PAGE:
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    1. #1
      FBI agent Ynot's Avatar
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      MS Loses EU Anti-Trust Appeal

      http://news.bbc.co.uk/1/hi/business/6998272.stm

      Microsoft has lost its appeal against a record 497m euro (343m; $690m) fine imposed by the European Commission in a long-running competition dispute.

      The European Court of First Instance upheld the ruling that Microsoft had abused its dominant market position.

      A probe concluded in 2004 that Microsoft was guilty of freezing out rivals in server software and products such as media players.

      Microsoft has two months to appeal at the European Court of Justice.

      "The Court of First Instance essentially upholds the Commission's decision finding that Microsoft abused its dominant position," the court's statement said.

      Microsoft's top lawyer said it was important now for the company to comply with EU competition law, but that it had not yet decided on its next legal steps.

      Trustee rejected

      It threw out just one small part of the European Commission's ruling, which had established an independent monitoring trustee to supervise Microsoft's behaviour.

      "The Court criticises, in particular, the obligation imposed on Microsoft to allow the monitoring trustee, independently of the Commission, access to its information, documents, premises and employees and also to the source code of its relevant products," it said.

      Microsoft has now been ordered to pay 80% of the Commission's legal costs, while the Commission has to carry a specific part of Microsoft's costs.

      The Commission welcomed the verdict. It will give its competition commissioner Neelie Kroes a much needed boost, after her office lost several high-profile anti-trust cases.

      Sharing information

      The 2004 ruling ordered Microsoft to ensure its products could operate with other computer systems by sharing information with rival software companies.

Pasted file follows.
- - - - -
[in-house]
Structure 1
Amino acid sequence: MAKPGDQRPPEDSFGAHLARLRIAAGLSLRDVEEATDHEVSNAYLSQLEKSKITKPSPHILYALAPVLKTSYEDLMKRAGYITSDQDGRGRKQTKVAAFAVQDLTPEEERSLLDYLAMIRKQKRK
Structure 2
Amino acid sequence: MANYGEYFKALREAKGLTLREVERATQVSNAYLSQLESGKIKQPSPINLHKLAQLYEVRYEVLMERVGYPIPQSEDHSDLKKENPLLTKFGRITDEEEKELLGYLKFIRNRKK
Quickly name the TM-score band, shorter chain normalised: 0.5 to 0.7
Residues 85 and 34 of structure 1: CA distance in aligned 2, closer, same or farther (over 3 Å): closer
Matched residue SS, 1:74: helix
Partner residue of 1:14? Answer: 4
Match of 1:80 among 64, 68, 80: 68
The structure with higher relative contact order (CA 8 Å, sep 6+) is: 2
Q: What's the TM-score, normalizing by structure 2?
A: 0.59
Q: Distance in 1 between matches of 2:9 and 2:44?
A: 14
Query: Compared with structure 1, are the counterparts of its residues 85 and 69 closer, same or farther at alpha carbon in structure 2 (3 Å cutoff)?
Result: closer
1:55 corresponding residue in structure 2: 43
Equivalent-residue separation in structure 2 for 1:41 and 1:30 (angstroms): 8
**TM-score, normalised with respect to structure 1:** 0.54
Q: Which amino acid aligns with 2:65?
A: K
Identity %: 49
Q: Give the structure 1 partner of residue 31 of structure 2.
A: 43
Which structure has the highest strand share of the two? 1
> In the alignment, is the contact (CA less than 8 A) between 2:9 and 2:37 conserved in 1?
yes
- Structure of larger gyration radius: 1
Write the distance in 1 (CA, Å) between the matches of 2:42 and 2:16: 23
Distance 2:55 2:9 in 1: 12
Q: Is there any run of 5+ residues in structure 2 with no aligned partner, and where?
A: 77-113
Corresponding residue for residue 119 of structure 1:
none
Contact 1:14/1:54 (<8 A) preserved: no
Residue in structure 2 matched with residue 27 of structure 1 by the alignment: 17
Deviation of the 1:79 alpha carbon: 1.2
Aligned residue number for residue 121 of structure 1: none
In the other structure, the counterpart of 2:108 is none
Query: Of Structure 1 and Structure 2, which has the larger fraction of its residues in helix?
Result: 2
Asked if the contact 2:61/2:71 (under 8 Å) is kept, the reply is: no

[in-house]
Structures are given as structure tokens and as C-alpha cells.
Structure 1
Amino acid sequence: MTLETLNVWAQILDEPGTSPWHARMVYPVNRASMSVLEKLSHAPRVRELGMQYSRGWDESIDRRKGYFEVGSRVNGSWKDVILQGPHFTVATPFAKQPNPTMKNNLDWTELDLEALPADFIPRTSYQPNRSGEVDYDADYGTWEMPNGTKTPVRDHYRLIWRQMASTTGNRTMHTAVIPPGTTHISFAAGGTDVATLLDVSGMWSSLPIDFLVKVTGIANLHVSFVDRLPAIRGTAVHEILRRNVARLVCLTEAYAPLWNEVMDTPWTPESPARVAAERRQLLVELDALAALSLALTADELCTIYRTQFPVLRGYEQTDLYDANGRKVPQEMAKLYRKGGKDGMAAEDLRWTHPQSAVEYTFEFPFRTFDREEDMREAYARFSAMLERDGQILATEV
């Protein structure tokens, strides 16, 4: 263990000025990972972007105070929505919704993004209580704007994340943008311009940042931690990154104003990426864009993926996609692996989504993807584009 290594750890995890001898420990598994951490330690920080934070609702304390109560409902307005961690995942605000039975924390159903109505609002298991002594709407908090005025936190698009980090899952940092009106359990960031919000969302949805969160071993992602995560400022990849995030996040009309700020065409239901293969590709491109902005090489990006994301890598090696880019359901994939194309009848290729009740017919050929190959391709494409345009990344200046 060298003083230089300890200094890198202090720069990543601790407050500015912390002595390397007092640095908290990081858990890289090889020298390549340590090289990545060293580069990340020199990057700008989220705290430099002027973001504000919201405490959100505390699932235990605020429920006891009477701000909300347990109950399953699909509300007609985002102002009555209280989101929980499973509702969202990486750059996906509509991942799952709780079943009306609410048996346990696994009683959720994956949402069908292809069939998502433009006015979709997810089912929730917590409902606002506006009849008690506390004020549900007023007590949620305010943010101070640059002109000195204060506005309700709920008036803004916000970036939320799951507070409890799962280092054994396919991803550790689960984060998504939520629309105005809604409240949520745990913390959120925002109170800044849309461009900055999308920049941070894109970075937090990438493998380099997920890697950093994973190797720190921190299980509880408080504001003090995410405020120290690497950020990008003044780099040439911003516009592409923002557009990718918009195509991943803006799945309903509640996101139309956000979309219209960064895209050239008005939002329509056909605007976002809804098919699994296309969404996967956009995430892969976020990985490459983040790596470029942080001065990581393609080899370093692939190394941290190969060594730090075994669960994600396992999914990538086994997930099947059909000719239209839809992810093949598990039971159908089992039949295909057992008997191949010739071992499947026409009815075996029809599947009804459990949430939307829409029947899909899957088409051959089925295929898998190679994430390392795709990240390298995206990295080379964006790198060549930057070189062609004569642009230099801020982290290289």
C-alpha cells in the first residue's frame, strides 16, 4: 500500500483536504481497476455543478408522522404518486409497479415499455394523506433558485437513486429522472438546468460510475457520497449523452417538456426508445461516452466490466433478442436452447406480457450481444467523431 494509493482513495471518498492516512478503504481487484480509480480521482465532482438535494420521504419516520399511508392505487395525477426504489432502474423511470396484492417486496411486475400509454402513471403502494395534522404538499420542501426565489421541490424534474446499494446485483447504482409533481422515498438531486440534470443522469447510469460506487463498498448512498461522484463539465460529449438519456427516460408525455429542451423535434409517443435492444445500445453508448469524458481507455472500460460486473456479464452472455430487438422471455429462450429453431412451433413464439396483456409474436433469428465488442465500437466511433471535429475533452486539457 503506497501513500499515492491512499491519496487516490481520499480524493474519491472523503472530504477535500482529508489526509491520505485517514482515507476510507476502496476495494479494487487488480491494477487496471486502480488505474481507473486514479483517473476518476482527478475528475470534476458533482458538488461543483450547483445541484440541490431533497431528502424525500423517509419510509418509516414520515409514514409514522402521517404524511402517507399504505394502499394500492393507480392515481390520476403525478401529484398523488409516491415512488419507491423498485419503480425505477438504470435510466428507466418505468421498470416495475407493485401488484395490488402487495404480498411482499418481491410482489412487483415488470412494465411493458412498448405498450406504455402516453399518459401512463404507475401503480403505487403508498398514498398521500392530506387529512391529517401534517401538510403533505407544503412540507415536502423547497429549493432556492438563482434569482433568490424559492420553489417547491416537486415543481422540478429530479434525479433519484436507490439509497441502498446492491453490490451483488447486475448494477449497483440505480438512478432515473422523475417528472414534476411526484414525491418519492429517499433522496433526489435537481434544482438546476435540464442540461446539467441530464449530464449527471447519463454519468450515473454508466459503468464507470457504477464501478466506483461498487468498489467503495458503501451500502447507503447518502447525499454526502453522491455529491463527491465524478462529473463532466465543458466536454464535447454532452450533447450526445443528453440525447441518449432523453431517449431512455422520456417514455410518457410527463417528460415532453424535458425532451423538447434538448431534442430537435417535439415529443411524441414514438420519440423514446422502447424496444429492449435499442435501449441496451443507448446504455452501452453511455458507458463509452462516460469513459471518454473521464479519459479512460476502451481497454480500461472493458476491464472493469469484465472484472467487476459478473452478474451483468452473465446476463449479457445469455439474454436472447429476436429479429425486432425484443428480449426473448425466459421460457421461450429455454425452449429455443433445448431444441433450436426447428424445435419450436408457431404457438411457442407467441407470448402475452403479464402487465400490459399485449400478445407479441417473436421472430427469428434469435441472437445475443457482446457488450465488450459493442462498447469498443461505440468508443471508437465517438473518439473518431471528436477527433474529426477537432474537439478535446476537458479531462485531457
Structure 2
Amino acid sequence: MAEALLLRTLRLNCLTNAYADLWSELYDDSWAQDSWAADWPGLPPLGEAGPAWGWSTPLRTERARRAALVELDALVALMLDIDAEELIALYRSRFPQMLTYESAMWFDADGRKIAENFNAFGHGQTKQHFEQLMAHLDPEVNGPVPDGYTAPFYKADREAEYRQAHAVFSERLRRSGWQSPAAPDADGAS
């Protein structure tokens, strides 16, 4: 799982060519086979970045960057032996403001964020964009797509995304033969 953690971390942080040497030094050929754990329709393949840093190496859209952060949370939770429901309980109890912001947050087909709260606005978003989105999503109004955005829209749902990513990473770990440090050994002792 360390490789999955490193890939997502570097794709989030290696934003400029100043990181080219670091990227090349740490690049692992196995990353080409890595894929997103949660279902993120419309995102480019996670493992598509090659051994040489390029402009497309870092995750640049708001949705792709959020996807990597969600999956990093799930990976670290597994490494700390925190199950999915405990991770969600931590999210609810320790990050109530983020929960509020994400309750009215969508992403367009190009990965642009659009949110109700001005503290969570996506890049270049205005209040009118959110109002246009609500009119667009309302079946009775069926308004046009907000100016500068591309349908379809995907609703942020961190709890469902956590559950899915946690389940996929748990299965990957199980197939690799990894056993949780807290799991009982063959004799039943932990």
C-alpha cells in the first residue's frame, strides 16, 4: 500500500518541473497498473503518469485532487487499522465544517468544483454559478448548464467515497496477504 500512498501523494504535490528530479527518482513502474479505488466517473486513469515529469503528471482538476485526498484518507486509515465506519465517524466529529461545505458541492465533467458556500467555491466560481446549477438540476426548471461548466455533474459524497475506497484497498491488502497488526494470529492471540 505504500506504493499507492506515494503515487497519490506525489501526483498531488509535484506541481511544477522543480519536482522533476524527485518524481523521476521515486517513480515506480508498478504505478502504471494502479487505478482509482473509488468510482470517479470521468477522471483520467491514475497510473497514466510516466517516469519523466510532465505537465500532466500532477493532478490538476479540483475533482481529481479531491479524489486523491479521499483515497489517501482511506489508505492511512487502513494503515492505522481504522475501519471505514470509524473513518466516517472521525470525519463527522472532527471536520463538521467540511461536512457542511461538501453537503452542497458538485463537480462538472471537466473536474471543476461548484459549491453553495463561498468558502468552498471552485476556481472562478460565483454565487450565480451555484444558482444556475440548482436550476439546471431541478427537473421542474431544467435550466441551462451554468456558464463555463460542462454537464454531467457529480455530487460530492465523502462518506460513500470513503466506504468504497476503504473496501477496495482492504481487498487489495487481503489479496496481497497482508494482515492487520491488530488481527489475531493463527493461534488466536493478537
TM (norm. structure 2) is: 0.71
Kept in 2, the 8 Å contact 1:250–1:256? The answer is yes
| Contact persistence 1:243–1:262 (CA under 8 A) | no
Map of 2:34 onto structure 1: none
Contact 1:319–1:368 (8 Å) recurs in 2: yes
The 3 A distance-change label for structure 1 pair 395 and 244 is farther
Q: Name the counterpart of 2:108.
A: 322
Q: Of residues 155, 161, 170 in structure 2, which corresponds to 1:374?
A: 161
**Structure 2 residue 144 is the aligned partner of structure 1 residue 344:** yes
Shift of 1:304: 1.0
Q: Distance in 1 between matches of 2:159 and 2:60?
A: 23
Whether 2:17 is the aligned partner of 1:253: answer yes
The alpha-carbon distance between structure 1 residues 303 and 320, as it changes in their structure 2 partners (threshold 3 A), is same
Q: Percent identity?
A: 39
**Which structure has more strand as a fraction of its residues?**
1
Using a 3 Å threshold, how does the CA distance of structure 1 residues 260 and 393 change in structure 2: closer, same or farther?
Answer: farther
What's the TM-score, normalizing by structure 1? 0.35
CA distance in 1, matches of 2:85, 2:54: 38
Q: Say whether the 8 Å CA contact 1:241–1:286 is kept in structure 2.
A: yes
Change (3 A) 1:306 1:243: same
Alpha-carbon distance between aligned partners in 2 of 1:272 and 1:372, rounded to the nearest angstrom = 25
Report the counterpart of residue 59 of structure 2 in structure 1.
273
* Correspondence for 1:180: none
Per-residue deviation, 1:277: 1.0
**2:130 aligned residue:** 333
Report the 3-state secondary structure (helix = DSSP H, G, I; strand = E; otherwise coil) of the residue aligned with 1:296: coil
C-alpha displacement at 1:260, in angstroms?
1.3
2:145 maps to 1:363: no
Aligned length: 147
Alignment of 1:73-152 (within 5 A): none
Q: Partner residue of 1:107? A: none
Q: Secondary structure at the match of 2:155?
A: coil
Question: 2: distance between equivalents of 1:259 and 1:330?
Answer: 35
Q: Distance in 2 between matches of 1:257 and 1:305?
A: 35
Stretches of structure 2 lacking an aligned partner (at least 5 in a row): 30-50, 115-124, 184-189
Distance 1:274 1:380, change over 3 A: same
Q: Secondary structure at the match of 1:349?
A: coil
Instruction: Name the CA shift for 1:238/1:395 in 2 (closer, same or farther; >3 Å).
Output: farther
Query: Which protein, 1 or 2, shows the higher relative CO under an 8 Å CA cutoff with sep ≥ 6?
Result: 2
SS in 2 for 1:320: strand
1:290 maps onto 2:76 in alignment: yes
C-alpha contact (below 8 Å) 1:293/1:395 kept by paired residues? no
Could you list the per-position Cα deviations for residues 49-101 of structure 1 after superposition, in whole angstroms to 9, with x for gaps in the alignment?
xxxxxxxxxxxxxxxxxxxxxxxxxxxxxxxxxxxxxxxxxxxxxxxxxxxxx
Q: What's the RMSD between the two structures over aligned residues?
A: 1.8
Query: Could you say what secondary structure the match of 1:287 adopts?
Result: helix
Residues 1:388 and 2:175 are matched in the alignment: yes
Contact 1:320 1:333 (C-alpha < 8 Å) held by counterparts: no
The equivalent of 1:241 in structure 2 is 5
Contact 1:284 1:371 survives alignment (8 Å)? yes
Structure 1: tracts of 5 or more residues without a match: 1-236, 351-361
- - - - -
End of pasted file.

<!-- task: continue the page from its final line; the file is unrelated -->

It was also ordered to make a version of its Windows operating system available without Microsoft's Media Player software.

      Monday's ruling upheld that order, saying it was "beyond dispute" that Microsoft obliged customers to buy its Media Player software along with the operating system.

      Last year, Microsoft was told to pay daily fines adding up to 280.5 million euros over a six-month period, after it failed to adhere to the 2004 decision.

      Michael Reynolds, of law firm Allen & Overy, said the important thing was "that these principles of the judgement will not just apply to the Microsoft case".

      "They will apply to any dominant company that engages in the same behaviour. It's not just about Microsoft," said Mr Reynolds.

      "It provides legal certainty now as to what you can and you can't do in relation to information you have to make available to companies who compete in your environment to enable them to be a viable competitor," he added.

      "The court has upheld a landmark commission decision to give consumers more choice in software markets," Ms Kroes said in a statement.

      "Microsoft must now comply fully with its legal obligations to desist from engaging in anti-competitive conduct."
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    2. #2
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      I find it odd that the two things mentioned were servers and media. Doesn't Linux still have a pretty strong hold on the server market, not majority anymore, but still like 40%? And I know that Apple dominates the media market. There are lots of things Microsoft monopolized, weird that the article mentioned those two.

    3. #3
      FBI agent Ynot's Avatar
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      yeah, it's slightly misleading

      The "server" part relates to Samba, and the fact that Samba running on a *nix server is impeded in providing it's services to Windows machines due to MS not providing a documented API
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    4. #4
      FBI agent Ynot's Avatar
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      http://investing.reuters.co.uk/news/...SOFT-EU-DC.XML

      Microsoft finally bows to EU antitrust measures
      BRUSSELS (Reuters) - Microsoft Corp (MSFT.O: Quote, Profile , Research) ended three years of resistance on Monday and finally agreed to comply with a landmark 2004 antitrust decision by the European Commission.